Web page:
Research Report

Developments in the management of benzodiazepine dependence: the views of Scottish Addiction Prescribers

Details

Citation

Schofield J, Matheson C, Anderson S, Turner M & Bloomfield H (2021) Developments in the management of benzodiazepine dependence: the views of Scottish Addiction Prescribers. University of Stirling.

Abstract
Introduction: Problematic use of diverted and illicit benzodiazepines and benzodiazepine-type drugs (BZDs) is a significant concern for addiction healthcare providers in Scotland. BZDs are frequently implicated in drug-related deaths, especially in combination with opioids and/or alcohol. BZD use is also considered a barrier to optimal engagement, retention and outcomes of addiction treatment and recovery. Local and national policies highlight the need to address problematic BZD use, but there is a lack of clinical consensus or guidance on the management of dependence. The Drugs Research Network for Scotland established a BZD research group of addiction specialists, academics and people who use drugs to share information on evidence needs and opportunities to address these. This group includes Drs Seonaid Anderson and Michael Turner, NHS Grampian Addiction Psychiatrists Members who surveyed 61 (of 110) Scottish addiction medics in 2018 to understand their views and experiences of managing patients with BZD dependence. In 2020 this group developed a follow-on survey for Scottish addiction prescribers. Summary results were presented to the Royal College of Psychiatrists (Scotland)’s ‘Golden Lion group’, to the BZD Steering Group of the Drug Deaths Taskforce’s (DDTF) Medication Assisted Therapy group, and Scottish Drugs Forum/DDTF “Benzos - What can be done?” webinar. This report has been produced to inform development of clinical guidelines and consensus, and intervention development and testing research currently underway.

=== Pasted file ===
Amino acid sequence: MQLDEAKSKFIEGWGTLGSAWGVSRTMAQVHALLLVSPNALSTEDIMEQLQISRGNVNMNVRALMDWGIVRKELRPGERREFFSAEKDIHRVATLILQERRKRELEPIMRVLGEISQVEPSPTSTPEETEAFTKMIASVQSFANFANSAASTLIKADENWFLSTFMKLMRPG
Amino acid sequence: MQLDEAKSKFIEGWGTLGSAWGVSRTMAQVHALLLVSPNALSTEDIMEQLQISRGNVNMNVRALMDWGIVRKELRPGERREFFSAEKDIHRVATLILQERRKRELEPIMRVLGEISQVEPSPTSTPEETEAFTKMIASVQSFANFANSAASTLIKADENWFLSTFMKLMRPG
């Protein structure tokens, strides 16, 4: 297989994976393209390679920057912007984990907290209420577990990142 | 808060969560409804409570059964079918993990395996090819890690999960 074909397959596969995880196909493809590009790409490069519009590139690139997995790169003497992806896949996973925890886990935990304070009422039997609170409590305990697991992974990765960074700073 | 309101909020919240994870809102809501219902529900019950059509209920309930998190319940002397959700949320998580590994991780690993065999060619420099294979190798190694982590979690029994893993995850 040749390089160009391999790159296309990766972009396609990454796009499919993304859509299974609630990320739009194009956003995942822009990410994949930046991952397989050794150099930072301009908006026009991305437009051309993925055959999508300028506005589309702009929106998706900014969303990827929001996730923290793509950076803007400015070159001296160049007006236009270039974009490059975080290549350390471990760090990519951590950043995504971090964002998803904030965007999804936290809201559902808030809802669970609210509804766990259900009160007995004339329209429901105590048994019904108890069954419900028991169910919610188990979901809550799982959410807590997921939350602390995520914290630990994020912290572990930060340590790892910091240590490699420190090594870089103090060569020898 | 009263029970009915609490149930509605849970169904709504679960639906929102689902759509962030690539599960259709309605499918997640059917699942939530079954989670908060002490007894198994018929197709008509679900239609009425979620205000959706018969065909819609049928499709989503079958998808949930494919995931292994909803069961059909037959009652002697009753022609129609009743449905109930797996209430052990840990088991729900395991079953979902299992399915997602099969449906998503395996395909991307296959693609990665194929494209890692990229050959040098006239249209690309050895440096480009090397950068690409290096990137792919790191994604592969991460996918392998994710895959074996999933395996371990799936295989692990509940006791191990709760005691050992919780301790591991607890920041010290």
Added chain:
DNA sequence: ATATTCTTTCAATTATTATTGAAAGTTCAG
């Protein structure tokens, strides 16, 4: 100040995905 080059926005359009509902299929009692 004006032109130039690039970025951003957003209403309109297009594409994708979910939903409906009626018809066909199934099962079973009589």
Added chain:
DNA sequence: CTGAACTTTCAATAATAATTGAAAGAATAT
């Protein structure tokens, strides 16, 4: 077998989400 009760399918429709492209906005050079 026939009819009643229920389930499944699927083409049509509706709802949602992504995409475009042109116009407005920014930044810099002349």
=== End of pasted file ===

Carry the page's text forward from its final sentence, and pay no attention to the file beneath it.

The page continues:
StatusUnpublished
URLhttp://hdl.handle.net/1893/35270

People (2)

People

Professor Catriona Matheson

Professor Catriona Matheson

Professor in Substance Use, Faculty of Social Sciences

Mr Joe Schofield

Mr Joe Schofield

Tutor, Housing Studies